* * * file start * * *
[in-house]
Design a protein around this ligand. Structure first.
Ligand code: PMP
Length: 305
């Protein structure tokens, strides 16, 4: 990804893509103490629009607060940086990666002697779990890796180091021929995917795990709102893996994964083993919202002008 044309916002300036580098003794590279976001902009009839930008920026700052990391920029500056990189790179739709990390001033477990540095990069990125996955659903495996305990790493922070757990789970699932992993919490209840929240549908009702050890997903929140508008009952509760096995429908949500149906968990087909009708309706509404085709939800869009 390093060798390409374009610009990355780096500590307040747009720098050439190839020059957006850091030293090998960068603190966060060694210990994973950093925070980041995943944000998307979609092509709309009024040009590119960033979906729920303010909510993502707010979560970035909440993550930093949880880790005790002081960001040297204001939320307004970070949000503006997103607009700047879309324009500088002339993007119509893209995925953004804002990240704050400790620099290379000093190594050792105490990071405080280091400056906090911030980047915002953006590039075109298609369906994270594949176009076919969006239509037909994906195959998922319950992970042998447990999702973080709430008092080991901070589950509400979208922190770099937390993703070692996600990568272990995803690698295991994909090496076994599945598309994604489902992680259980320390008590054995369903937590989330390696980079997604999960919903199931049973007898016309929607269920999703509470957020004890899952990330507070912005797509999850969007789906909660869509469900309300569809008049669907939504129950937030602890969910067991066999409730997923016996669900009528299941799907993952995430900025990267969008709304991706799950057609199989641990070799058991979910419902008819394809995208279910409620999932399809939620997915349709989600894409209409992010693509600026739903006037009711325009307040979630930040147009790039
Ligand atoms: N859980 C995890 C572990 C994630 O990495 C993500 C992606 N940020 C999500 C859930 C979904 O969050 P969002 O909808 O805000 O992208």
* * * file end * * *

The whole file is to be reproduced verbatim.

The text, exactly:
[in-house]
Design a protein around this ligand. Structure first.
Ligand code: PMP
Length: 305
């Protein structure tokens, strides 16, 4: 990804893509103490629009607060940086990666002697779990890796180091021929995917795990709102893996994964083993919202002008 044309916002300036580098003794590279976001902009009839930008920026700052990391920029500056990189790179739709990390001033477990540095990069990125996955659903495996305990790493922070757990789970699932992993919490209840929240549908009702050890997903929140508008009952509760096995429908949500149906968990087909009708309706509404085709939800869009 390093060798390409374009610009990355780096500590307040747009720098050439190839020059957006850091030293090998960068603190966060060694210990994973950093925070980041995943944000998307979609092509709309009024040009590119960033979906729920303010909510993502707010979560970035909440993550930093949880880790005790002081960001040297204001939320307004970070949000503006997103607009700047879309324009500088002339993007119509893209995925953004804002990240704050400790620099290379000093190594050792105490990071405080280091400056906090911030980047915002953006590039075109298609369906994270594949176009076919969006239509037909994906195959998922319950992970042998447990999702973080709430008092080991901070589950509400979208922190770099937390993703070692996600990568272990995803690698295991994909090496076994599945598309994604489902992680259980320390008590054995369903937590989330390696980079997604999960919903199931049973007898016309929607269920999703509470957020004890899952990330507070912005797509999850969007789906909660869509469900309300569809008049669907939504129950937030602890969910067991066999409730997923016996669900009528299941799907993952995430900025990267969008709304991706799950057609199989641990070799058991979910419902008819394809995208279910409620999932399809939620997915349709989600894409209409992010693509600026739903006037009711325009307040979630930040147009790039
Ligand atoms: N859980 C995890 C572990 C994630 O990495 C993500 C992606 N940020 C999500 C859930 C979904 O969050 P969002 O909808 O805000 O992208």